It truly is a good thing that nature, so far, has decreed that shrews will be small.

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15 comments:

Kelly said...

Yikes! I had no idea...
Very funny post. I have these little demons tunneling in and out of a side garden in my yard. I'll be sure to keep my fingers away from their mouths!

Lisa at Greenbow said...

What an amusing post. Oh yes and educaional. Some sort of shrew met its death in our garage this year too. I have a picture of it. I will look to see if it is this one.

Austin said...

Wow, I was terrified at the thought of a 6 foot long venomous mammal lurking around the Ohio countryside. I am glad you clarified the scale of your Ferrari.

I have also just purchased your Birds of Ohio book and enjoy it quite a bit.

Keep up the good blogging.

-Austin

Susan Gets Native said...

I will remember not to EVER provoke one. Yikes.

We have a little guy like this who lives under our bird feeders...just a small gray flash with a long nose.

dAwN said...

I say Yikes too...I am sure glad those critters arent as big as a real Ferrari.

Lisa said...

I once saw a baby mouse that was as big as a Winnebago. But don't worry -- it wasn't poisonous. Clearly your post is a cry for help from a guy who has a "need for speed".

KatDoc said...

Eeek! What a frightening creature!!

(And, the shrew is pretty scary, too.)

~Kathi

nanci said...

Great! thanks for posting that- my cat caught one last year and I thought it HAD to be a mole, although it sure didn't look like what I thought they should! Didn't know we had shrews around here (Toledo). Also didn't know they got 6 feet long! Kitty must have caught a juvenile ;o)

nina at Nature Remains. said...

Hee hee, very clever.

Sentimental Sapsucker said...

Considering the bite, I’m surprised ‘house’ cats catch them often.
I was going to tease you about posing dead animals, but you did refrain from showing the shrew in the driver’s seat. And I myself have photographed dead insects and others in the occasional model car.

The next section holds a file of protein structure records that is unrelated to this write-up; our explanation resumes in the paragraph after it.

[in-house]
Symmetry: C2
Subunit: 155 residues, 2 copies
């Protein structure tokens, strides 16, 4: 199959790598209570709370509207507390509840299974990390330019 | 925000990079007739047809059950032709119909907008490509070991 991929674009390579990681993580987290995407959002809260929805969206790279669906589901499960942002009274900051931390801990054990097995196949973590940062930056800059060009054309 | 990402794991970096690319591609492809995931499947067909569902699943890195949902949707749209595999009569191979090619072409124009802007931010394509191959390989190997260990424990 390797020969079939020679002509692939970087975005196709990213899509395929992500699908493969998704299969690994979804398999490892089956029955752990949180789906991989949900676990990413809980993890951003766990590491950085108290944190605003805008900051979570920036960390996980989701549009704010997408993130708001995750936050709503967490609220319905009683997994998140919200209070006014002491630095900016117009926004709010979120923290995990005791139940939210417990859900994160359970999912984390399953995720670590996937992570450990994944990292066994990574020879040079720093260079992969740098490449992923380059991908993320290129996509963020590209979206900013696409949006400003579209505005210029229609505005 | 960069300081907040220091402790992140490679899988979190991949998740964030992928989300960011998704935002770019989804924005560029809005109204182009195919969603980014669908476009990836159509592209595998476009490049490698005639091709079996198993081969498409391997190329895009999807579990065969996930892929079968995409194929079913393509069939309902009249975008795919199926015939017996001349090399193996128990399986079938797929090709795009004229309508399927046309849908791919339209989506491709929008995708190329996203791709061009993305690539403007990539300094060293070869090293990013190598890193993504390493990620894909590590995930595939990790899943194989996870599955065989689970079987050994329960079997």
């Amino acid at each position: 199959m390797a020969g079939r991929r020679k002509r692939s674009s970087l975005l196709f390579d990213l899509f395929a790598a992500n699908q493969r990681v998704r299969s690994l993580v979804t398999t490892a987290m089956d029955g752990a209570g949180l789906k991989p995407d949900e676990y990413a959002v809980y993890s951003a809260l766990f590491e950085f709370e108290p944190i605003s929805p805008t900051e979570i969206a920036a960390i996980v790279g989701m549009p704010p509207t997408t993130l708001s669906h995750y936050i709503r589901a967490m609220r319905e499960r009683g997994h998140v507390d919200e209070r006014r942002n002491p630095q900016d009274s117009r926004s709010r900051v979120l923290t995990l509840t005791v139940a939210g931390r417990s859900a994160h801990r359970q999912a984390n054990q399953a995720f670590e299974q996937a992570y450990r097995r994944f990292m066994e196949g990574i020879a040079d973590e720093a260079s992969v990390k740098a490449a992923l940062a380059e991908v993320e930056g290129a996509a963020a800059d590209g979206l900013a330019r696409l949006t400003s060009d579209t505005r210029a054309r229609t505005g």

flux biota. said...

I'm a new reader. love what you write. informative and funny. I bought the Wildlife of the Great Lakes book because you recommended it....and its informative and funny as well.

who knew heather shrews were so mellow because they chew on willow all day? interesting stuff.

Thanks for the fun reads.

Mike said...

Thanks for the most informative article. Our cat found one of the little venomous savages this morning, likely bringing it up from the basement and proudly depositing it on my mother's bed as a most thoughtful gift to set her heart aflutter first thing in the morning. We thought (or at least I did), that the little fella was a mole. We checked pictures on the Internet, but couldn't quite match corpse to image to make a positive identification. We came across your post about the shrews, and Eureka!, that's what we have. The poor little rodent was quite dead of course, but in perfect condition, with a beautiful coat. It made me wonder how many of the little devils we would need to catch to make a nice coat.
We are up in a town called Napanee in Canada, near Kingston, so we can attest to them wandering up this far north at least.
Thanks again for an informative and entertaining post.

Jim McCormac said...

Glad this post was helpful, Mike, and thanks for the comment!

Becky Schmitt said...

Creepy! Do they have beady little eyes under their dense fur??

Duncan McDougall said...

My wife has been telling me for the past two nights that a mouse has been running around in her TV room/office. Yesterday she told me that it had committed the unforgiveable sin of chewing into an unopened chocolate bar, and that its time had come. So.last night I trapped it... a short-tailed shrew, identical to the one you show here. I live in Central New Hampshire, and there are two feet of snow on the ground. Guess he wanted to join the red squirrels, mice, and flying squirrels, and occasional mink and even once a ferret, that enjoy the woodstove's warmth in our 1800 farm house.